The squad selected for the match by Arsenal against Crystal Palace on 14 February 2005, was the first all-foreign line-up to play in an English Premier League match. The squad consisted of Jens Lehmann (Germany), Lauren (Cameroon), Kolo Toure (Ivory Coast), Pascal Cygan (France), Gael Clichy (France), Robert Pires (France), Patrick Vieira (France), Edu (Brazil), Jose-Antonio Reyes (Spain), Dennis Bergkamp (Netherlands), Thierry Henry (France). Subs: Manuel Almunia (Spain), Philippe Senderos (Switzerland), Cesc Fabregas (Spain), Mathieu Flamini (France), Robin Van Persie (Netherlands). The Gunners won the match 5-1.

The most hat-tricks scored in an English Premier League career is 11 by Alan Shearer playing for Blackburn Rovers and Newcastle United 1992-2006.

The most nationalities represented by players to appear in a Premier League match was 22 in Blackburn Rovers' 2-0 victory over West Bromwich Albion on 23 January 2011. The following countries all had at least one player see the pitch during the match: England, France, Scotland and Sweden two apiece, while Austria, Cameroon, Canada, Chile, Congo, Congo DR, Croatia, Czech Republic, Grenada, Nigeria, Northern Ireland, Norway, Paraguay, Romania, Slovakia, Spain, USA and Wales.

The team to be relegated the most times from the English Premier League is Crystal Palace, who have eliminated a total of four times, in 1992/93, 1994/95, 1997/98 and 2004/05. Every year the bottom three clubs (four in 1994/95) in the Premier League move to the next league down for the following season.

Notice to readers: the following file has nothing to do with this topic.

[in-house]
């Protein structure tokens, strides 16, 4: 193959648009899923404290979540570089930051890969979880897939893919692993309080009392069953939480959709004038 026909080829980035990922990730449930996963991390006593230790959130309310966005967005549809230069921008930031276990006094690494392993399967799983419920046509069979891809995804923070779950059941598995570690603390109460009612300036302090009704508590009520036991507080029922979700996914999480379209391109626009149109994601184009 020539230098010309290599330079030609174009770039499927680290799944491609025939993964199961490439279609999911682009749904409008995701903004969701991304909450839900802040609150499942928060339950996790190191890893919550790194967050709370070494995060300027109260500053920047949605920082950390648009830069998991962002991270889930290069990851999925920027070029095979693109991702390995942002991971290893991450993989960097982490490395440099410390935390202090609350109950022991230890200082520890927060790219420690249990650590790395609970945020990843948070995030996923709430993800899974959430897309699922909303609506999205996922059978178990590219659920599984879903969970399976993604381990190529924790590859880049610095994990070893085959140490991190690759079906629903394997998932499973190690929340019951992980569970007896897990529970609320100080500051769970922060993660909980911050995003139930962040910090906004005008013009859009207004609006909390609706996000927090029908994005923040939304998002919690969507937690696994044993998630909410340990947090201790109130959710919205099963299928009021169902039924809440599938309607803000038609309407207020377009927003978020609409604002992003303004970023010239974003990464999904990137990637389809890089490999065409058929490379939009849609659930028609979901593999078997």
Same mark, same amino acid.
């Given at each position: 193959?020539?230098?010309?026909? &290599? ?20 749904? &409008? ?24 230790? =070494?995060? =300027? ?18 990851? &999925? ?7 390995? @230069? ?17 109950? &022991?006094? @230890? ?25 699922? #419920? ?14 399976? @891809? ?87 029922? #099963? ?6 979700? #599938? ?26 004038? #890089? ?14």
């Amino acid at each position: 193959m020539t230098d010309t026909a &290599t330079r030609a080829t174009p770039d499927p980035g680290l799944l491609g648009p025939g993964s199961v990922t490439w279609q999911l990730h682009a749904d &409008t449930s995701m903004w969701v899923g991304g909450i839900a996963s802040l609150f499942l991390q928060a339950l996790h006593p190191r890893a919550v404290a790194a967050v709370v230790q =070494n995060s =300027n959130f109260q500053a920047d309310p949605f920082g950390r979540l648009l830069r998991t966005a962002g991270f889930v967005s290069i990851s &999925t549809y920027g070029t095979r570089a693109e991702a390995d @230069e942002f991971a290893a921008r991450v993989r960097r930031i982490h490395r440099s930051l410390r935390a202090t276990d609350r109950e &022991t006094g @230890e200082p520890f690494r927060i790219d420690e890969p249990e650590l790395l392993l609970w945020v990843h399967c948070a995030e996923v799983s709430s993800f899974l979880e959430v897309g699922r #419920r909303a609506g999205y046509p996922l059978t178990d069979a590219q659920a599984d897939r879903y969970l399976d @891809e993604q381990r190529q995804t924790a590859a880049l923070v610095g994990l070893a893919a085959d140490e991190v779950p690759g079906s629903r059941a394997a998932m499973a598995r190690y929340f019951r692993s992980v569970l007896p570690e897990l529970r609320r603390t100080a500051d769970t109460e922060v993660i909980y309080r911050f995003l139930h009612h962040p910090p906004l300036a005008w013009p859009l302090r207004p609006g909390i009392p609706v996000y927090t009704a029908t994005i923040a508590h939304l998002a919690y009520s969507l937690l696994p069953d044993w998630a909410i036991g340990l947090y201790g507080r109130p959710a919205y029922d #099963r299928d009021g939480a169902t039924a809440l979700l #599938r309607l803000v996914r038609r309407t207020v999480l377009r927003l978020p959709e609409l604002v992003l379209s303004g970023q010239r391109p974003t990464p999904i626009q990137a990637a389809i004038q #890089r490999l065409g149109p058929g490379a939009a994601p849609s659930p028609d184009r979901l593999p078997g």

The most unanswered goals scored in the English Premier League is 35 by Chelsea FC across eight matches between 17 April 2010 and 11 September 2010. The held six clean sheets in the span.

On May 16, 1999, a total of 23,680 people at the Boleyn Ground, Upton Park blew glycerine bubbles into the air for 1 minute, setting a record for most people simultaneously blowing bubbles prior to West Ham United F.C.'s home Premier League fixture against Middlesbrough F.C.

The best start by a team to a Premiership season is seven wins, by Chelsea FC in the 2005/06 season.

The youngest Premier League referee is Michael Oliver (UK, b. 20 February 1985), who made his debut at 25 years, 182 days in Birmingham City v. Blackburn at St Andrews, Scotland, UK, on 21 August 2010.